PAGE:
Thomas Halpin, HSBC’s Global Head of Payments Products, said at the conference that “it is estimated that roughly $2.4 billion a year is lost due to friction in the cross-payments system. However, not only do we lose the money, but it is also impacting around 5% of all underlying cross-border transactions. Hence this clearly results in loss of opportunities, increased risk, and uncertainty that is so critical for customers. So, the cost dimension is big, but the impacts are bigger.”
The migration to ISO 20022, with its richer and more structured data, should help in this regard. The new standard will enable interoperability, perform reconciliation, curb risk and support smoother, faster processing of cross-border payments. But there can still be limitations around foreign exchange and non-harmonized anti-money-laundering regulations.
Since an individual payment provider can only impact the change in cross-border payments in a limited manner, collaboration within financial services is extremely important here.
5. New forms of payments
The newest payment method discussed extensively at this year’s conference was “buy now, pay later,” which allows customers to either pay the whole amount later or pay in instalments. Klarna, Affirm and Afterpay are a few leading providers. It is a powerful tool that helps merchants and businesses get instant payment against products sold, while buyers get immediate financing with a flexible repayment window.
Another much-discussed new payments form was “request to pay.” In Europe, EBA Clearing launched its “request to pay” offering in November 2020, while in the U.K., Pay.UK launched its product in June 2020. “Request to pay” is an emerging real-time payments channel that allows any business or merchant to send an electronic request for a payment to a debtor account. It can be used for bill payments and e-commerce. It is a cost-effective and secure payment mode that provides more control and visibility for end-consumers and businesses.
Other payments modes discussed were mobile wallets, QR codes and online payments.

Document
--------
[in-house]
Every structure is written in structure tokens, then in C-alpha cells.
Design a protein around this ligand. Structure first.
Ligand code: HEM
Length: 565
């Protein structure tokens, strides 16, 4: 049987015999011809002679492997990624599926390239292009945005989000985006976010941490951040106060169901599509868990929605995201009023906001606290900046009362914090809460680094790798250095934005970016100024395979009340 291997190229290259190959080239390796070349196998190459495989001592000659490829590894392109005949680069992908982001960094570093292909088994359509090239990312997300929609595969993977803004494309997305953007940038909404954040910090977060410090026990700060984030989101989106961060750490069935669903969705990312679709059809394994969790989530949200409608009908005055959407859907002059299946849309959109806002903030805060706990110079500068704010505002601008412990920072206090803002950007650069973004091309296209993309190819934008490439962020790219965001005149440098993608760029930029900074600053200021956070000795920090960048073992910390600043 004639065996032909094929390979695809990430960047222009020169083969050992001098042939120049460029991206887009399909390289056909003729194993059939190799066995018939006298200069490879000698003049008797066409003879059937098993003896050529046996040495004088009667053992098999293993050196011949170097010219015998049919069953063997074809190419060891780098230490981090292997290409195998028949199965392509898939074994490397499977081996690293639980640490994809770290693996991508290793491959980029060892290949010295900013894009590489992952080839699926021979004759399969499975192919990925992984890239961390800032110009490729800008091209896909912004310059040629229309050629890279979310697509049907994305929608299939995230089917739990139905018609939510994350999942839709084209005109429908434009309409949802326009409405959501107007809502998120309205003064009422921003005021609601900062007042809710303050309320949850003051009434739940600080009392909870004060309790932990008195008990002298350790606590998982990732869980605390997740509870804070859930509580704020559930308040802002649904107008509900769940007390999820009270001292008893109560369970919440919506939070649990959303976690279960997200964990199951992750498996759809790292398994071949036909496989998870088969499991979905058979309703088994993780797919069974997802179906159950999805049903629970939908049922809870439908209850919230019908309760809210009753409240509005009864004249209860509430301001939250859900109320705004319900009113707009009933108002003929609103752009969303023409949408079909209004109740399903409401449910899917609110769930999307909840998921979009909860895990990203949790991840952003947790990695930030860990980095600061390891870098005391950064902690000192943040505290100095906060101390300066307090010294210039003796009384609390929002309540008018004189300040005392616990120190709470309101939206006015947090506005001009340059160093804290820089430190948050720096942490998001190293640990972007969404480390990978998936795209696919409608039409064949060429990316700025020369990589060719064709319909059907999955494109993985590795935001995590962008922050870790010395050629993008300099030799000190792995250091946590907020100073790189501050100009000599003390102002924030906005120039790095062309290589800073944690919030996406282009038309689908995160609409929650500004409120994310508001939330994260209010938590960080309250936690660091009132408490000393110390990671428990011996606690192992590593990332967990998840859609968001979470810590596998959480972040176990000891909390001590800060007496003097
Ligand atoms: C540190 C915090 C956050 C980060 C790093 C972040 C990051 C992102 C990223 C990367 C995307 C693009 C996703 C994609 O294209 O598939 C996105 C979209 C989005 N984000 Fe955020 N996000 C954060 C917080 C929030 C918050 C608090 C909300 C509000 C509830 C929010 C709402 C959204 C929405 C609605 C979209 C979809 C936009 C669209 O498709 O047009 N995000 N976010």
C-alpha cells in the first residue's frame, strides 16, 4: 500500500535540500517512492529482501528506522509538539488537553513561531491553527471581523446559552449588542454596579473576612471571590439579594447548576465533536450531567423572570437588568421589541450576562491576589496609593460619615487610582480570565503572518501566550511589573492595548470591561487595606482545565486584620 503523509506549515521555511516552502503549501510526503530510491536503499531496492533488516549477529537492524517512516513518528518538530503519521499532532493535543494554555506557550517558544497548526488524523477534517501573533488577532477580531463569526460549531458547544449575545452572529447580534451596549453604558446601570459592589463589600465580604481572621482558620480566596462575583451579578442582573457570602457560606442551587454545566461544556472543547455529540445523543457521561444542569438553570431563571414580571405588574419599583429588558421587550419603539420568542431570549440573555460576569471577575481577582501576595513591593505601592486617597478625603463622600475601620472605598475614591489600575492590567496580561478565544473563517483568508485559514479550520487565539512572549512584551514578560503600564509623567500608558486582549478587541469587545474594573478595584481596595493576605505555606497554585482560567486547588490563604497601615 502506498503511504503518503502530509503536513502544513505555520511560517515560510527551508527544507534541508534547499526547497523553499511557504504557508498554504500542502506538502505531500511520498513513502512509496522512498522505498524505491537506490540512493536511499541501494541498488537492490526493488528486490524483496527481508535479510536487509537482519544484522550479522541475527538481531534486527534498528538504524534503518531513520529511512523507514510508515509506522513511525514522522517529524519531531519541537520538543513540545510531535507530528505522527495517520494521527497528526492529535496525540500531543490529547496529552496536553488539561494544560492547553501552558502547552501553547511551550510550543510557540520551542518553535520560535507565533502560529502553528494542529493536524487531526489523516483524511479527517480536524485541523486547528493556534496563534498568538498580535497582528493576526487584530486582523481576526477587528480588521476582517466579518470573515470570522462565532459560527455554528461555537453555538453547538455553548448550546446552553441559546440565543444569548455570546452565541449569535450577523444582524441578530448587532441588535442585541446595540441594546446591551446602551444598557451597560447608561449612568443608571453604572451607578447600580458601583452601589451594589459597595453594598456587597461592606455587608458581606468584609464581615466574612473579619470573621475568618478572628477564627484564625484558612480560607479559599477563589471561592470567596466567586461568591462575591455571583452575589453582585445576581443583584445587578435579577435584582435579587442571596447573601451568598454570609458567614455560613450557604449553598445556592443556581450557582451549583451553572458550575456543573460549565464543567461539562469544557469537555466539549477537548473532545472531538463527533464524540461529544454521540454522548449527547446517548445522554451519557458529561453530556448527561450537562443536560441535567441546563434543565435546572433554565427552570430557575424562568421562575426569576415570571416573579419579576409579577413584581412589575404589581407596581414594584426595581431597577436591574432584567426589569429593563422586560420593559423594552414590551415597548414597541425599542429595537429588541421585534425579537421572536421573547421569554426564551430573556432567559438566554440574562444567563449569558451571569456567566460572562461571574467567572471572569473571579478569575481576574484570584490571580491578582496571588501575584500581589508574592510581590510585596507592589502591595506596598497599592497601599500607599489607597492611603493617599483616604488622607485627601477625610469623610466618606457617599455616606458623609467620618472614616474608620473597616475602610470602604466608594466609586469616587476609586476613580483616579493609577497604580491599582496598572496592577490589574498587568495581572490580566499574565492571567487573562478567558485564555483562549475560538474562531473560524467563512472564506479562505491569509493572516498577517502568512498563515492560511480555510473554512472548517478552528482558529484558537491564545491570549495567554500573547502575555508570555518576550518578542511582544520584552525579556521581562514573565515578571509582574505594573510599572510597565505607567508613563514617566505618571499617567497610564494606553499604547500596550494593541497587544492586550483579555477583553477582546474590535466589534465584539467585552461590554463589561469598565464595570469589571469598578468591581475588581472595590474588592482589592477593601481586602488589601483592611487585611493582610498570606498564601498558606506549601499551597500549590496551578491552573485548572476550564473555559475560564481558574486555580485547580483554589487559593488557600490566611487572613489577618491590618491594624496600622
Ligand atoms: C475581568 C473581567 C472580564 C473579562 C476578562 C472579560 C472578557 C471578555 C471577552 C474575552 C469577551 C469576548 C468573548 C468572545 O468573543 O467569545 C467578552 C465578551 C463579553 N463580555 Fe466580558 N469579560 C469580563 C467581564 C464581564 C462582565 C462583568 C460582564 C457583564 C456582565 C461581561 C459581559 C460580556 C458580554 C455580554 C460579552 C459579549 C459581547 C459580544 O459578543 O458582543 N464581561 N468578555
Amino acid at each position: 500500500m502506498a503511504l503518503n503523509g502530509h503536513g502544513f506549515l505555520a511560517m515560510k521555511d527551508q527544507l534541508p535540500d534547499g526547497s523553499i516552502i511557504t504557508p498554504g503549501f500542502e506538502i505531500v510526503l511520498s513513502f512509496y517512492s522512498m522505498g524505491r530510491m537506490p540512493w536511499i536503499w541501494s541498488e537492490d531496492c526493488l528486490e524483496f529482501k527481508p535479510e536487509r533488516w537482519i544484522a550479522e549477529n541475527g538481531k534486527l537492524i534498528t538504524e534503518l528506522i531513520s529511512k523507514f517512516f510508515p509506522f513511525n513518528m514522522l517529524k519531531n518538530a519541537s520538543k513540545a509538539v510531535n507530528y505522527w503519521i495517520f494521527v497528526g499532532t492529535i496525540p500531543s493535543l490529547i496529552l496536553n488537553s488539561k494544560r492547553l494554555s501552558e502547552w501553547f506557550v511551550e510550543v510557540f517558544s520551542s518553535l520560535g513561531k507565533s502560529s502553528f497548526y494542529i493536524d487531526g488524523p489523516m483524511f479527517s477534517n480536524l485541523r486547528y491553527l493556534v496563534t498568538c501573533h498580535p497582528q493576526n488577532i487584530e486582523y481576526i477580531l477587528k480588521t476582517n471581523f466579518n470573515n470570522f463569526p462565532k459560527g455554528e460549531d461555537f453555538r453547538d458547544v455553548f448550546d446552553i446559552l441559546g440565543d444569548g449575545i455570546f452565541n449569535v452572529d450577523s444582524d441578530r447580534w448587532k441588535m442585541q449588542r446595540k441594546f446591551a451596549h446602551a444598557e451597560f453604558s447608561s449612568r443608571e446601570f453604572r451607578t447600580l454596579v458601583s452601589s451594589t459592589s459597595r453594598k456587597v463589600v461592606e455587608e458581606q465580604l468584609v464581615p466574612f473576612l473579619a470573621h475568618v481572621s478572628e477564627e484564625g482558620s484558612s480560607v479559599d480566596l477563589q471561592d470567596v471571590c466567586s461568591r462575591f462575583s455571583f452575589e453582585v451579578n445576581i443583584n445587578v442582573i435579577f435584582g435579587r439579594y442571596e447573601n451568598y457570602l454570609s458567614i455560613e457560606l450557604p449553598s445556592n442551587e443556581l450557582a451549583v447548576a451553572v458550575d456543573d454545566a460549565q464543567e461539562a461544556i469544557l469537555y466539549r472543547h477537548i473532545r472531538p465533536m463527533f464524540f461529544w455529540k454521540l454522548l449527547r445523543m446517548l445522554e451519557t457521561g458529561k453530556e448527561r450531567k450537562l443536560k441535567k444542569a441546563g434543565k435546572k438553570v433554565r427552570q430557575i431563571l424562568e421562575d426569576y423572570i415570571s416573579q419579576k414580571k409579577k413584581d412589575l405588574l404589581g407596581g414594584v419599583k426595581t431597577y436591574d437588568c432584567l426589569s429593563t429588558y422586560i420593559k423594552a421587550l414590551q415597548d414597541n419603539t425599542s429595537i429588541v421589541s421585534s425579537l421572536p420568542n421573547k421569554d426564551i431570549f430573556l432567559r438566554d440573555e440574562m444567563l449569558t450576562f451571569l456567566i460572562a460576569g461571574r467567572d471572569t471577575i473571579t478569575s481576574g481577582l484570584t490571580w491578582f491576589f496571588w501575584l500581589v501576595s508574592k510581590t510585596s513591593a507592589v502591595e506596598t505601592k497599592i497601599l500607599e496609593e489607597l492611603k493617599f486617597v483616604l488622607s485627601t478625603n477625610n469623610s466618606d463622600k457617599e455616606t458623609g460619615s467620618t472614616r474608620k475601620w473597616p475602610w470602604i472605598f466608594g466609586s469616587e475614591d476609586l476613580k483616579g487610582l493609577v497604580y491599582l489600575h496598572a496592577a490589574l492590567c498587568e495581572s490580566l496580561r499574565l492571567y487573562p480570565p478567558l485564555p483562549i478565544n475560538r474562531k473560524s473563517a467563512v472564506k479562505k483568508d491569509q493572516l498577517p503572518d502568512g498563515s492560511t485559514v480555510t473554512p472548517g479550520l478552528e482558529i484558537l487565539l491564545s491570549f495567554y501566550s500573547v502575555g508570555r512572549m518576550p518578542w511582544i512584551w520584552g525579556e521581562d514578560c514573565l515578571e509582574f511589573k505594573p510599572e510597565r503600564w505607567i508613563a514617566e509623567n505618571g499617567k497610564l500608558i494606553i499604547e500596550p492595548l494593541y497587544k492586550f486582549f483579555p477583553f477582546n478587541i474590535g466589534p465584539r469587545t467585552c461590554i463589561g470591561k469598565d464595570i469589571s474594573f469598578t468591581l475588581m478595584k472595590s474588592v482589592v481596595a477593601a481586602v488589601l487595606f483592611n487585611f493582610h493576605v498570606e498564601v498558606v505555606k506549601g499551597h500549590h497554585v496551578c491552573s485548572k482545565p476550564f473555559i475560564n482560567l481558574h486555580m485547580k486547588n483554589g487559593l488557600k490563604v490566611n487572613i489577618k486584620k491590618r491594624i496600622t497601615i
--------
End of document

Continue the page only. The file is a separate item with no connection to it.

6. Sustainable finance
Much of Sibos this year focused on sustainable finance, as both global and regional regulators are encouraging products from banks and fintechs to address this need. At the conference, experts examined the role of the finance industry in supporting clients’ transition within a sustainable, low-carbon economy through incentives, innovation and investment opportunities.
Recently, the Hong Kong Monetary Authority committed to promoting green and sustainable finance to address climate risk. The European Central Bank also conducted an economy-wide climate stress test to assess the exposure of euro-area banks to future climate risks under various climate scenarios.
Amid international initiatives like COP26, over the next 12 months we can expect to see more banks creating innovative green solutions that both reduce their carbon footprint and help their customers live more sustainably.
7. Striking a balance between security and innovation
We expect 21st century central banks and regulators to be much faster, more transparent and resilient. We also expect to see them play greater roles in promoting competition and driving innovation. But fostering digital acceleration can also expose the industry to information security threats, cyber-attacks and financial crimes.
This is what is driving the emerging expectation that regulators will have to make trade-offs across risk appetite, operational efficiency, and innovation.
On one hand, regulators are encouraging innovations like open APIs, digital currencies and contactless payments. On the other, they are exercising more control in areas such as customer safety and operational resilience in the cloud. It will be fascinating to see how regulators balance these competing concerns in the future.
My overall takeaway from Sibos 2021 was that in a constantly changing and evolving world, we need to stay focused, relevant, collaborative, competitive and innovative.
Sibos 2022 will be hosted in Amsterdam. I am already looking forward to it.